I often wonder why someone comes to us, hire us because we are experts in this field and then do the opposite of what we tell them to do. We have years of experience in the industry and we know what works and what doesn’t work,  and you pay us good money to create an email campaign for you, wouldn’t it make sense to take the advice of those that know what they are doing?  Isn’t that why you came to us in the first place?  I wish I that I could say that this was a rare experience but it’s not, it happens all of the time, and more often than not it happens with smaller businesses that have less experience, which is all the more reason to follow the advice of the professionals.   We are always telling people, it doesn’t matter what you think looks good,  what you think is irrelevant, the only opinion that matters is the receiver of the email, those that you are trying to drive to your site.

The point of this article is if you are going to hire a professional marketing company with years of experience it makes sense to follow their advice and listen to what they are telling you and let them help you create a results driven campaign.

FaceBook I’m just not that into you

With all the information we have been hearing about and I have been writing about Social Media lately I thought you might like to hear someone else’s perspective Karen Post of Oddpodz was kind enough to share an article she recently wrote about Facebook. Karen is an international speaker, consultant and business authority. Her expertise focuses on branding, entrepreneurial, social media and women’s business issues.

(An honest break up after almost 4 years)

Dear Facebook,

I know we’ve known each other since 2006. Believe me, this is not an easy conversation to have. We’ve both been through a lot. I raised $750,000, you raised over $400,000,000, I have a small team of mostly volunteers, you have over 1200 employees worldwide. We both have made  our share of brilliant and stupid decisions. The spotlight and our 15 plus minutes of fame have been good. You’ve gotten a few more national, network shows than I have. That’s OK, I’ll be catching up soon.

I have to admit, I started my relationship with you because of intense peer pressure and the media hype. Everyone was doing you. And yes, I wanted to feel that connection too.

In the beginning you were a fairly low maintenance hook up. It was casual fun, a few applications and goofy ways to gift and entertain others. Then you got kind of way too social and now have hundreds of millions of others that you connect with too.  Some are respectable citizens, some are monkeys on the run from the St Pete police and some are pure creepy pedophiles. Maybe it’s my conservative values, but it’s feeling sleazy to me.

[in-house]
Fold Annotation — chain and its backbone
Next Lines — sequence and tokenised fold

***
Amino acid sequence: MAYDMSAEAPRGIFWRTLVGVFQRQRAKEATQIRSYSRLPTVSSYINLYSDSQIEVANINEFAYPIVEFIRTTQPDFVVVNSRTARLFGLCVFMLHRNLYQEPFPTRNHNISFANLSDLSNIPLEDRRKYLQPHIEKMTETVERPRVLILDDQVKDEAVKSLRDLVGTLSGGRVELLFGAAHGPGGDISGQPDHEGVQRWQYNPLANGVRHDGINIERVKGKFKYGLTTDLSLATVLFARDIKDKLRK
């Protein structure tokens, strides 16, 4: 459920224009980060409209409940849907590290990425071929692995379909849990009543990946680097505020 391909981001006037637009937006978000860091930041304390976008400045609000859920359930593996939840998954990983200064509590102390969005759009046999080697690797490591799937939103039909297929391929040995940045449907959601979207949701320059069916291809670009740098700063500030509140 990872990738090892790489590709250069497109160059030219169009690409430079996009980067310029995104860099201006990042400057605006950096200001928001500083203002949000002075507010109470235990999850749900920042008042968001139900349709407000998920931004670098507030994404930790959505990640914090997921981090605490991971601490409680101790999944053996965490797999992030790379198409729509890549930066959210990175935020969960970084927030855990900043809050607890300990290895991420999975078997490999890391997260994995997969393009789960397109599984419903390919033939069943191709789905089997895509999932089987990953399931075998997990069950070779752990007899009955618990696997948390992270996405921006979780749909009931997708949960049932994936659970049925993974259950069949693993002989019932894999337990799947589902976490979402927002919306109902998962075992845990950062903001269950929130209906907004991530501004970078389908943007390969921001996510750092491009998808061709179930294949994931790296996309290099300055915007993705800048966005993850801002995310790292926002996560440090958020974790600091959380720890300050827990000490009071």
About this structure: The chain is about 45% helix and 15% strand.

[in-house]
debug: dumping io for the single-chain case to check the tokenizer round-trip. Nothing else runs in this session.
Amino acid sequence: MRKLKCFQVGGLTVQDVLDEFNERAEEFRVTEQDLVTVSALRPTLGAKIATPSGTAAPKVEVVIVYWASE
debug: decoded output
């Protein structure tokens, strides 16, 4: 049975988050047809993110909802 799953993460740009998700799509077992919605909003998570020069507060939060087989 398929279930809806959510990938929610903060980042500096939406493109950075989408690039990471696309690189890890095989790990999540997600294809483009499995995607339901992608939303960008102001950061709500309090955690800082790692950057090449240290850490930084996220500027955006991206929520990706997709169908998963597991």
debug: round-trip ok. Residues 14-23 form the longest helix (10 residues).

OK that lack of real intimacy was attractive at first. You never asked for more than my headshot and my hip cellulite was never exposed. And I enjoyed our time together.

But recently things have changed. You look different. Our goals are miles apart. I need to focus on things that move my business dial. You are all over the place. I’m a design snob and your environment is so yellow pages looking. And all those time sucking, useless apps are really starting to get on my last nerve.

I need a break. At least six months of no checking in, no dialogue, no meeting new friends or small talk with old ones. No wall talk, no pics posting and absolutely no video, unless 60 Minutes calls.

I’m leading a start up, with a clear business mission. I’ve got limited resources and need to get solid ROI on every investment of time. I’ve got to stay laser focused on growing a sustainable venture, not share beer shots with a bunch of people I hardly know.

Don’t take this wrong. You are great, for millions others out there. This is all about me. They are my issues.

So who am I seeing? Well it’s complicated. There are few. Linkedin seems to really meet my needs. And Twittergives me instant gratification. And there’s a few blogs too, that I really value. I’m not committed to any one thing. You know that’s not my style. But this thing with you has got to take a serious break. It’s going nowhere. Call me selfish, but you do not bring me any traffic for time involved. It’s just freaking frustrating. In the past I’ve been on the down low about all of this, but I feel it’s my responsibility to tell my other friends, especially other startups and entrepreneurs. No one  or business person should ever feel guilt about not being immersed or active in Facebook. When you are running a business, you must spend your time on things that matter and make a difference.